‘Look, if you’re walking down the street and you see a burglary taking place or an assault taking place, it’s only right and proper that you should call the police.’
Victoria Police dispersed the huge crowd from the Shrine in the afternoon of September 22 – firing tear gas and rubber bullets.
Mr Abbott, a former employment and workplace relations minister, slammed Construction Mining and Energy Union boss John Setka for suggesting the protesters were neo-Nazis and questioned how the protesters could have bought bright shirts during the lockdown to masquerade as tradies
Hundreds of anti-vaccination protesters chanted ‘lest we forget’ on September 22 as they marched on Melbourne’s war memorial where they set up camp in the hope police wouldn’t fire on them out of respect for fallen Anzacs
Victoria’s construction industry shut down – explained
The shutdown was announced late on Monday following violent protests outside the CFMEU’s head office in Melbourne’s CBD over a vaccine mandate for the industry.
It applies to work sites across Melbourne, Ballarat, Geelong, Mitchell Shire and the Surf Coast.
Industrial Relations Minister Tim Pallas said the shutdown was required to cut down movement, reduce COVID-19 transmission and give the industry time to adapt to the new requirements.
‘We put the industry on notice just a week ago, we have seen appalling behaviour on-site and on our streets, and now we’re acting decisively and without hesitation,’ he said in a statement.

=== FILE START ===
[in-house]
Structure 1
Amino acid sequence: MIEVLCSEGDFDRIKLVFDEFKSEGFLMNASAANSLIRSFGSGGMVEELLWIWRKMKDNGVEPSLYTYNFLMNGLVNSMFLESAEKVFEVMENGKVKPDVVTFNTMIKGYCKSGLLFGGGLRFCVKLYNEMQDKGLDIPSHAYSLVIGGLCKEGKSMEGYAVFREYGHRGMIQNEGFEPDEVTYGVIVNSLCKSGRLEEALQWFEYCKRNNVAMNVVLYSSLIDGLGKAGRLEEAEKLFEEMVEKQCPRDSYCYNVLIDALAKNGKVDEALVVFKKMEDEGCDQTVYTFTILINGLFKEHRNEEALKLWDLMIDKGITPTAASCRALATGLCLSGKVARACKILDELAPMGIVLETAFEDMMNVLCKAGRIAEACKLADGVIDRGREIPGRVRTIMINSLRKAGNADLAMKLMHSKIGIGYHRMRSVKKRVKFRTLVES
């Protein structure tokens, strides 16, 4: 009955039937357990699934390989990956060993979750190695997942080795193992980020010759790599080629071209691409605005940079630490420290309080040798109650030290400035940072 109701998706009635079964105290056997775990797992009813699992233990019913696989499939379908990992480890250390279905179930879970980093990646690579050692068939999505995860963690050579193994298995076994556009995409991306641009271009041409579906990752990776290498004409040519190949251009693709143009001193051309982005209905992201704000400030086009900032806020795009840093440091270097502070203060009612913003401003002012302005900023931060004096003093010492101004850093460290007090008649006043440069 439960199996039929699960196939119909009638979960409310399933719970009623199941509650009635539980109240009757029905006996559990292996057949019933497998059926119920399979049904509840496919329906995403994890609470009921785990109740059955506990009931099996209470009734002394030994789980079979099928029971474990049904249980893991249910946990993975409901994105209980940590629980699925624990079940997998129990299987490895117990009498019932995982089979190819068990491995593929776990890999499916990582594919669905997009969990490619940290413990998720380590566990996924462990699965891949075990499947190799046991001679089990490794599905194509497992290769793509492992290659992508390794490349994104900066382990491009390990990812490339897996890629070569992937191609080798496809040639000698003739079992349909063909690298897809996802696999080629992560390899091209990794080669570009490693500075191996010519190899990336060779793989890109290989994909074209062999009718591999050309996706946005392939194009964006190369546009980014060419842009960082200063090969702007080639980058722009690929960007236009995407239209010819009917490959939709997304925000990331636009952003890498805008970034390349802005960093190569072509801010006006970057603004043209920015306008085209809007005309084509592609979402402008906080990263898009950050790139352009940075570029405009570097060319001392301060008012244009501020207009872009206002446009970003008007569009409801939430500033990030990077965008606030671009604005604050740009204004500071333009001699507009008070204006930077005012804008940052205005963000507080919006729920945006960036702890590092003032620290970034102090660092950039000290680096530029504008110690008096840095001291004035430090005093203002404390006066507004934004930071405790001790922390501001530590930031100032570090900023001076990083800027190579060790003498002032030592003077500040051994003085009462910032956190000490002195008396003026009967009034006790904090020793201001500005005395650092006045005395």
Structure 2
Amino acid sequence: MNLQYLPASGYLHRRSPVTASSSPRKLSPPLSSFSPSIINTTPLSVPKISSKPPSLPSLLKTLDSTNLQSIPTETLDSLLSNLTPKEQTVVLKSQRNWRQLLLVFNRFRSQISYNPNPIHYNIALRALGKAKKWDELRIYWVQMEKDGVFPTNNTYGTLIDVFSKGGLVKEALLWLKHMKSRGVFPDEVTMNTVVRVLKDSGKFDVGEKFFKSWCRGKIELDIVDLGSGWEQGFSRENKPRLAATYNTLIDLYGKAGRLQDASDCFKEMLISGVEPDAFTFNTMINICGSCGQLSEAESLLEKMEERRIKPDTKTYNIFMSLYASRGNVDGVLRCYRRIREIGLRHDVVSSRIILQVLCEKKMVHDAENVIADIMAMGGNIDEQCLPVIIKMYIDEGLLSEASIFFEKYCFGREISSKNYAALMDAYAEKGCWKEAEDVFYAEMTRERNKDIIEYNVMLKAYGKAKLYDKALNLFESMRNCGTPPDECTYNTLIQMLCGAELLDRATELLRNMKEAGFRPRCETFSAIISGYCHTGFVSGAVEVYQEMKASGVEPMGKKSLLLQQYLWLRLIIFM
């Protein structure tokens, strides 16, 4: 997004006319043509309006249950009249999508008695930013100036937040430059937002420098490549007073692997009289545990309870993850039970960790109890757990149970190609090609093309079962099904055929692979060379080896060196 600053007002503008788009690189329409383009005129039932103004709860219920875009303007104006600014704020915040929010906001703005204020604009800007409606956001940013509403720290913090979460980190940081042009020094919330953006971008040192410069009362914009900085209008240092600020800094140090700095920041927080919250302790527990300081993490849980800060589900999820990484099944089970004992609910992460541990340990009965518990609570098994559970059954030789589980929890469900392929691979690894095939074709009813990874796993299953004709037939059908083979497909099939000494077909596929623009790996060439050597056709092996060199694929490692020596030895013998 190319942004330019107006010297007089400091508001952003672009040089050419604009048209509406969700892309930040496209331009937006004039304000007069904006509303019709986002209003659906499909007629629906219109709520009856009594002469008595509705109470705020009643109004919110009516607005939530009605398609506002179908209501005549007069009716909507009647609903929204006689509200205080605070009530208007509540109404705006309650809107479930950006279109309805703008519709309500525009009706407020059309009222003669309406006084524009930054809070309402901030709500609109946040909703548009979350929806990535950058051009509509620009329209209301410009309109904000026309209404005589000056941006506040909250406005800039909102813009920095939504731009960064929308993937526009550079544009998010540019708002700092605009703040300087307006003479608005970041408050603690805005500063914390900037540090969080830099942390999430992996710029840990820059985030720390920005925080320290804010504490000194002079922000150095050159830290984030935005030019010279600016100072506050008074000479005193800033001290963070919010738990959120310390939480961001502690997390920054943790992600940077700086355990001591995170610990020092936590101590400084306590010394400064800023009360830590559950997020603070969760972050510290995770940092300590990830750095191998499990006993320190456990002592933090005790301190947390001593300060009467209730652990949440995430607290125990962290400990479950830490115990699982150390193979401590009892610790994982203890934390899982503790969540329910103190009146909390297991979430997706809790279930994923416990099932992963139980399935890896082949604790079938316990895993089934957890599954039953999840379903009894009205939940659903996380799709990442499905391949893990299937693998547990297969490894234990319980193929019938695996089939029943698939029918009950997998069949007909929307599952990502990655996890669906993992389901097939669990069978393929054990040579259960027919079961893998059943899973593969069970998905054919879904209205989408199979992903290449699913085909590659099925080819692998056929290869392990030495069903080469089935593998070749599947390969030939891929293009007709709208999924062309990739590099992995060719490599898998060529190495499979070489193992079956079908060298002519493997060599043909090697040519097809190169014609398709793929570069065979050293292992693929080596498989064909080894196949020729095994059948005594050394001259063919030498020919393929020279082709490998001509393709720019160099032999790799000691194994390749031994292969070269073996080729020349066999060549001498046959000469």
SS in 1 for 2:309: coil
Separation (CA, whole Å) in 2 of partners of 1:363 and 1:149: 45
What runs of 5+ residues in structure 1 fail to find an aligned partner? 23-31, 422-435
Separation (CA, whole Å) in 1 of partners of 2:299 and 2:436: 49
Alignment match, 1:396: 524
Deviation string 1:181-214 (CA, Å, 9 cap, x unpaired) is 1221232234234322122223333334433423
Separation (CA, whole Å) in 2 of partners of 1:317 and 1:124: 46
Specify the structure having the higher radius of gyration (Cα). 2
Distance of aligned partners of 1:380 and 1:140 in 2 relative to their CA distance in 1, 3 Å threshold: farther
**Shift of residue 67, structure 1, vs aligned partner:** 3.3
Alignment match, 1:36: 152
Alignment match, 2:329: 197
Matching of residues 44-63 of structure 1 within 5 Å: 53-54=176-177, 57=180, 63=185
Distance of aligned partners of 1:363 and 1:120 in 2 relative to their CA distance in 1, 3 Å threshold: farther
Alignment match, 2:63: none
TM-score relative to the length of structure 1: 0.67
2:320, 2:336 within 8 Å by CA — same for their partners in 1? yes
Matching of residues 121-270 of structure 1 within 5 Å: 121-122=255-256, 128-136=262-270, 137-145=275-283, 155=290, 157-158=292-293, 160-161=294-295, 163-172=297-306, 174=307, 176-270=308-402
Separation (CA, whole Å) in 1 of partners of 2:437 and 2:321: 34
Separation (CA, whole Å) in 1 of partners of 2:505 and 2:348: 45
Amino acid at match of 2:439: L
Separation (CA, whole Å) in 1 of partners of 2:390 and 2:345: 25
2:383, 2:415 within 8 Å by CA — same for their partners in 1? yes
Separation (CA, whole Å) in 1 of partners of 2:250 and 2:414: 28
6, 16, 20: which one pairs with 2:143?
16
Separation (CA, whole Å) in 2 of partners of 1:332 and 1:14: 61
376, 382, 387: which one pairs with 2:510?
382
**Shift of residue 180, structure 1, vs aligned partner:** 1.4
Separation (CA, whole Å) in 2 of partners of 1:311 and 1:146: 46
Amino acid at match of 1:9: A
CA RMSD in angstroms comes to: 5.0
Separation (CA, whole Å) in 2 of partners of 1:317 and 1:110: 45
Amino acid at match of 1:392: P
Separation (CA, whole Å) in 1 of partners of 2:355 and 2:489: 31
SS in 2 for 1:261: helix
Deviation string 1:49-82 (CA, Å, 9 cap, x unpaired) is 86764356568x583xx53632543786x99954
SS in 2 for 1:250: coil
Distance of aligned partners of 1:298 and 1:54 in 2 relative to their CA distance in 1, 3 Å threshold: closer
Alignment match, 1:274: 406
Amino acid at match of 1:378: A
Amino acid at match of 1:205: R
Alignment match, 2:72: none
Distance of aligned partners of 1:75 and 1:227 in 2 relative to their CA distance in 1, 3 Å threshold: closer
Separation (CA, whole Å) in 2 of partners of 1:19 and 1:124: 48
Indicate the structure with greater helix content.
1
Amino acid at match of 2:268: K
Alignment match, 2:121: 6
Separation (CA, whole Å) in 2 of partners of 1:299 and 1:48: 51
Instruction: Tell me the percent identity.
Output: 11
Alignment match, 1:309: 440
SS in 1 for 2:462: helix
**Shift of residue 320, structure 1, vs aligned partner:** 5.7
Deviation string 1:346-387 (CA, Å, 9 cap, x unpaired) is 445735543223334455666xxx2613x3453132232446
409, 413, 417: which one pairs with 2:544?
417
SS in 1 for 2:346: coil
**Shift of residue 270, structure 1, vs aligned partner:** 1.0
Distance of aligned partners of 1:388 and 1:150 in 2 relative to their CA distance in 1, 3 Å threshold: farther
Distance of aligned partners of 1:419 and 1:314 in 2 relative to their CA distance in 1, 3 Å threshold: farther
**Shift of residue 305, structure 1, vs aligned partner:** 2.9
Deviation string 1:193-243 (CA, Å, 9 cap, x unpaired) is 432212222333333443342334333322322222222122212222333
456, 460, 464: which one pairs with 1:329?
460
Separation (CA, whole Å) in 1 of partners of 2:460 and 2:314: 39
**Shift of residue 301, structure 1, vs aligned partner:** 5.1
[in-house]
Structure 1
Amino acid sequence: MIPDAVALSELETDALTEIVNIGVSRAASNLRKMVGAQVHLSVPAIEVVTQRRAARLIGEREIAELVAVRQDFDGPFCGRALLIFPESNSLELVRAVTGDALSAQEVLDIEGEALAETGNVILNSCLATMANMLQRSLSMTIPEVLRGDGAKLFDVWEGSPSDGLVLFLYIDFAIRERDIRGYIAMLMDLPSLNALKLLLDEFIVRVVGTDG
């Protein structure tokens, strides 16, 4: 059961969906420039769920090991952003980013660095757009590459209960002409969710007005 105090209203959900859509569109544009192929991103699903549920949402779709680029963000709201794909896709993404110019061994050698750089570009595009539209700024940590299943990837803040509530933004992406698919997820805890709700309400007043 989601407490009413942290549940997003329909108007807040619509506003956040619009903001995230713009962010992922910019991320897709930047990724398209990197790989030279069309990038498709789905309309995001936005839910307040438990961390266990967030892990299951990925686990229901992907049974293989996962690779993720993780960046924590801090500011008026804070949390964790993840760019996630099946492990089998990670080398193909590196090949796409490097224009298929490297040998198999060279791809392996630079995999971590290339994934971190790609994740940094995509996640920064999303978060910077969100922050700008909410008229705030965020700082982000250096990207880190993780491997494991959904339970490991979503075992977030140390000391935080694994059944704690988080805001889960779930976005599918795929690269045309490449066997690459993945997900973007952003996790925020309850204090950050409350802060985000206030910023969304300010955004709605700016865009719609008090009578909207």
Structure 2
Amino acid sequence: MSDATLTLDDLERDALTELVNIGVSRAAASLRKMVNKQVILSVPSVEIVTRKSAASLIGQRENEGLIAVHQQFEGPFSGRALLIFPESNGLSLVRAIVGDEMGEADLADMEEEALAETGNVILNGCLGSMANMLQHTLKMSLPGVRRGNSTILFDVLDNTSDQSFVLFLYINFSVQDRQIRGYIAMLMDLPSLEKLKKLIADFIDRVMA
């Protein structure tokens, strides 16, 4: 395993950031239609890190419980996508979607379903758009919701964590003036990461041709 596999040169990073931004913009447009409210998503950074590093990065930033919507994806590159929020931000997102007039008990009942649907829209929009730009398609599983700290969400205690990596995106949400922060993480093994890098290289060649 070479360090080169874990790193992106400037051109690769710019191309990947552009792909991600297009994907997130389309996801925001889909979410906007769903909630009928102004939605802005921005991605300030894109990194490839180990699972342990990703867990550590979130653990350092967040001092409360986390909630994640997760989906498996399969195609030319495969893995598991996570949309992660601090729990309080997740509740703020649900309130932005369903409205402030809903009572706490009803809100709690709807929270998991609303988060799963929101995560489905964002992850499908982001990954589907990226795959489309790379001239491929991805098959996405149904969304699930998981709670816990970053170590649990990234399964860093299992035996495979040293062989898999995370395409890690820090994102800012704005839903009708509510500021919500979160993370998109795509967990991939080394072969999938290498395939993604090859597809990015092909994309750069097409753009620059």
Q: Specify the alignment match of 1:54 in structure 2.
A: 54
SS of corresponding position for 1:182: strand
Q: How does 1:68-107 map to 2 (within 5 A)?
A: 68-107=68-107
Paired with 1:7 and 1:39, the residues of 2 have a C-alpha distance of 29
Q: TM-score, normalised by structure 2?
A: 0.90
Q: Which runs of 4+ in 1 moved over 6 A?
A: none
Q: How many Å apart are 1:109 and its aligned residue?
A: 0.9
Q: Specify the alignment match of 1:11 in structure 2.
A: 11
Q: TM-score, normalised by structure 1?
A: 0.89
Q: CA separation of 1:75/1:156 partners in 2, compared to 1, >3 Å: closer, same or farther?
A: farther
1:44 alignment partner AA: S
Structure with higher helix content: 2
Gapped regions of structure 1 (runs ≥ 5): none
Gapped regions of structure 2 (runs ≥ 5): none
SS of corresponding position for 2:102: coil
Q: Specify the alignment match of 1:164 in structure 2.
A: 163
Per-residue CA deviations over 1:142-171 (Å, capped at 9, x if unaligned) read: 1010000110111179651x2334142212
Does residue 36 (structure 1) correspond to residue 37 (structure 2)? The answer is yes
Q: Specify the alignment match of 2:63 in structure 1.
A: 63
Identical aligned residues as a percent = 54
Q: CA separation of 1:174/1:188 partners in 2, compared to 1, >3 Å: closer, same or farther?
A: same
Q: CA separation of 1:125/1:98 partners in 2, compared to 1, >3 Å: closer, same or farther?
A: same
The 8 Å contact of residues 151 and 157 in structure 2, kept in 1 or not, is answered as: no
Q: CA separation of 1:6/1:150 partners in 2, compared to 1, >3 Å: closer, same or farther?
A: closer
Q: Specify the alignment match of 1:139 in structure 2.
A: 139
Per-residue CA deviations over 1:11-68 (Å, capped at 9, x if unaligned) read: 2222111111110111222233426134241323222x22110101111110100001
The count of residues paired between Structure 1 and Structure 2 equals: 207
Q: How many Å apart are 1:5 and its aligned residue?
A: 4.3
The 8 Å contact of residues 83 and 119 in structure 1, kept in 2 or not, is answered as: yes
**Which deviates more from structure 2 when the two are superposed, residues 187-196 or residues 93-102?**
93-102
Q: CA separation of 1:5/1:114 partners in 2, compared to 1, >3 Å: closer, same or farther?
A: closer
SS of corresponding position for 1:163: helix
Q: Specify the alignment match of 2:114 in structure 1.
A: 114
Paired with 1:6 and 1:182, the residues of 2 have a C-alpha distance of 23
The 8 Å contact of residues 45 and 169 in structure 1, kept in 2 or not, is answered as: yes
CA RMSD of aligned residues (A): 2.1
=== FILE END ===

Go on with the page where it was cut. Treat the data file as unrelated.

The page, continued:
An amnesty was in place on Monday so that a limited number of workers can attend construction sites to shut them down safely.
The government said all sites will need to demonstrate compliance with the chief health officer’s directions prior to reopening, including the requirement for workers to show evidence of having had one dose of a COVID-19 vaccine before they return to work on October 5.
The Property Council of Australia said the shutdown would cost the economy $1.1 billion a week.
‘The majority of construction sites and construction workers are doing everything required of them to meet the highest standards of COVID safety and have done so since the pandemic started,’ executive director Danni Hunter said in a statement.
‘Closing the industry will prevent them going to work and getting paid and it will stall projects causing immensely costly delays, putting projects and Victorian jobs at risk.’
Opposition industry spokeswoman Bridget Vallence said the Andrews government must immediately reverse its ‘panicked decision’.
‘The Liberal Nationals condemn the violent protests, but the actions of a few should not be used as an excuse to shut down an entire industry, putting tens of thousands of people out of work,’ she said in a statement.
Union officials say Monday’s protesters were not all CFMEU members and blamed ‘neo-Nazi’s and right-wing extremists’ for hijacking the event.
The protest escalated when two union officials, including Victorian construction branch secretary John Sekta, came outside the Elizabeth Street office to speak to protesters just before midday.
Mr Setka was met with boos and insults from the crowd, while some protesters hurled bottles.
Violence escalated even further on Tuesday, with 2,000 protesters storming the West Gate Bridge, bringing traffic to a standstill and evening attacking cars
Organisers have vowed to host protests ‘every day’ until the mandatory vaccine mandate for tradies is dropped
Construction sites have been a place of high spread in the latest outbreak, forcing health officials to close tearooms last week.
The state’s roadmap out of lockdown was released on Sunday, detailing small changes to restrictions when 80 per cent of Victorians aged over 16 have received a single vaccine dose.
Melbourne’s lockdown will remain in place until 70 per cent of Victorians are double-vaccinated, which is forecast for October 26.